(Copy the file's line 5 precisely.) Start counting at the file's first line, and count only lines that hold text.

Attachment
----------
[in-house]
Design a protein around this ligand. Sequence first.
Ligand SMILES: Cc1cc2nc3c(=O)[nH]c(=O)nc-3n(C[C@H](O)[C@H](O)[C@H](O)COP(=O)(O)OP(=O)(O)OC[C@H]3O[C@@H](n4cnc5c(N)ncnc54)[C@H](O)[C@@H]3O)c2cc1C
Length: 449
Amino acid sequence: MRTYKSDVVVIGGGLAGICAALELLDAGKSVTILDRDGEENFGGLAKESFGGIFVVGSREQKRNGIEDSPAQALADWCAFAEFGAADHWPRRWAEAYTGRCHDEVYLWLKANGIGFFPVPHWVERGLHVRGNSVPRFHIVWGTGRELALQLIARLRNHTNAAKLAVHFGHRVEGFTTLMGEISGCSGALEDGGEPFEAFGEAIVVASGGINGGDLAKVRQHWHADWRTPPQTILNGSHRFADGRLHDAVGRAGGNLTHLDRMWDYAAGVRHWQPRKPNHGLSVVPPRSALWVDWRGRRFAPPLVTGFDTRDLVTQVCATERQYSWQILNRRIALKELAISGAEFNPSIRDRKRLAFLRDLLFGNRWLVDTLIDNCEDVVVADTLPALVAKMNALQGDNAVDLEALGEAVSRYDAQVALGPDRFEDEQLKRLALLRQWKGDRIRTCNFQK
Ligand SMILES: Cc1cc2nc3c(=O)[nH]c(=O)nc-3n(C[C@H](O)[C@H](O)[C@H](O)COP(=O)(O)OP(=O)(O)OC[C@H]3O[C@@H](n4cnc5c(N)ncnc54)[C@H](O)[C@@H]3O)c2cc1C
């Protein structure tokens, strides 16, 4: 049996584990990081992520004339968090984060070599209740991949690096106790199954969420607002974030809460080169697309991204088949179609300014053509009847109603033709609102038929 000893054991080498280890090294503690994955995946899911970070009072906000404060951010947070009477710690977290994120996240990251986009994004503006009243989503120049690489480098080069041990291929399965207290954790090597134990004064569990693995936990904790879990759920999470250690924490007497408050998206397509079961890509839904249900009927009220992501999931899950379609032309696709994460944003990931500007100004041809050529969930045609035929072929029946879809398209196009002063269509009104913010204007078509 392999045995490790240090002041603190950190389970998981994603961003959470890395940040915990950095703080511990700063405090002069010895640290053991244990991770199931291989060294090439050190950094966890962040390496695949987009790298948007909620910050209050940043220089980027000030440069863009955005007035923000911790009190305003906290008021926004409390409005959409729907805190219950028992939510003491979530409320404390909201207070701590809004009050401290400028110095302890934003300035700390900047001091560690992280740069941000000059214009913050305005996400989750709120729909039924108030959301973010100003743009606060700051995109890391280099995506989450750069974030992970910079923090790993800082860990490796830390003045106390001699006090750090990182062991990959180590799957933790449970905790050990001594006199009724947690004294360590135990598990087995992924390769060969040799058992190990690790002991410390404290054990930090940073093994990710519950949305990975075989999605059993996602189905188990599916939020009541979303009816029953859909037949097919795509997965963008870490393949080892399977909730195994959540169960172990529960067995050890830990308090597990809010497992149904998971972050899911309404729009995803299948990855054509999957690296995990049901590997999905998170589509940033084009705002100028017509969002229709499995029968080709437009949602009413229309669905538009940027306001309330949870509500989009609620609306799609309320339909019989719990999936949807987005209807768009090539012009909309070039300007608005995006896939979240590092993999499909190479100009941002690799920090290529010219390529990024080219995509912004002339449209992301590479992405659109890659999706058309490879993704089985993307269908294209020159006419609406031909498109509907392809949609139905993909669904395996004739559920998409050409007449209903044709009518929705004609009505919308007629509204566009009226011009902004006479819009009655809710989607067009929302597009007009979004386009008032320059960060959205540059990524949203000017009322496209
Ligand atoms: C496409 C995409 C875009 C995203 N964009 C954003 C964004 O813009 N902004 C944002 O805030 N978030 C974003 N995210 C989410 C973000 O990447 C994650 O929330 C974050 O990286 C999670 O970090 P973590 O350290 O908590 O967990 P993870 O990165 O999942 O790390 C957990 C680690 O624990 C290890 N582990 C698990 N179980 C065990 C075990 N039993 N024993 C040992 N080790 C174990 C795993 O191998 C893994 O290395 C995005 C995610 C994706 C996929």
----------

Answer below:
Amino acid sequence: MRTYKSDVVVIGGGLAGICAALELLDAGKSVTILDRDGEENFGGLAKESFGGIFVVGSREQKRNGIEDSPAQALADWCAFAEFGAADHWPRRWAEAYTGRCHDEVYLWLKANGIGFFPVPHWVERGLHVRGNSVPRFHIVWGTGRELALQLIARLRNHTNAAKLAVHFGHRVEGFTTLMGEISGCSGALEDGGEPFEAFGEAIVVASGGINGGDLAKVRQHWHADWRTPPQTILNGSHRFADGRLHDAVGRAGGNLTHLDRMWDYAAGVRHWQPRKPNHGLSVVPPRSALWVDWRGRRFAPPLVTGFDTRDLVTQVCATERQYSWQILNRRIALKELAISGAEFNPSIRDRKRLAFLRDLLFGNRWLVDTLIDNCEDVVVADTLPALVAKMNALQGDNAVDLEALGEAVSRYDAQVALGPDRFEDEQLKRLALLRQWKGDRIRTCNFQK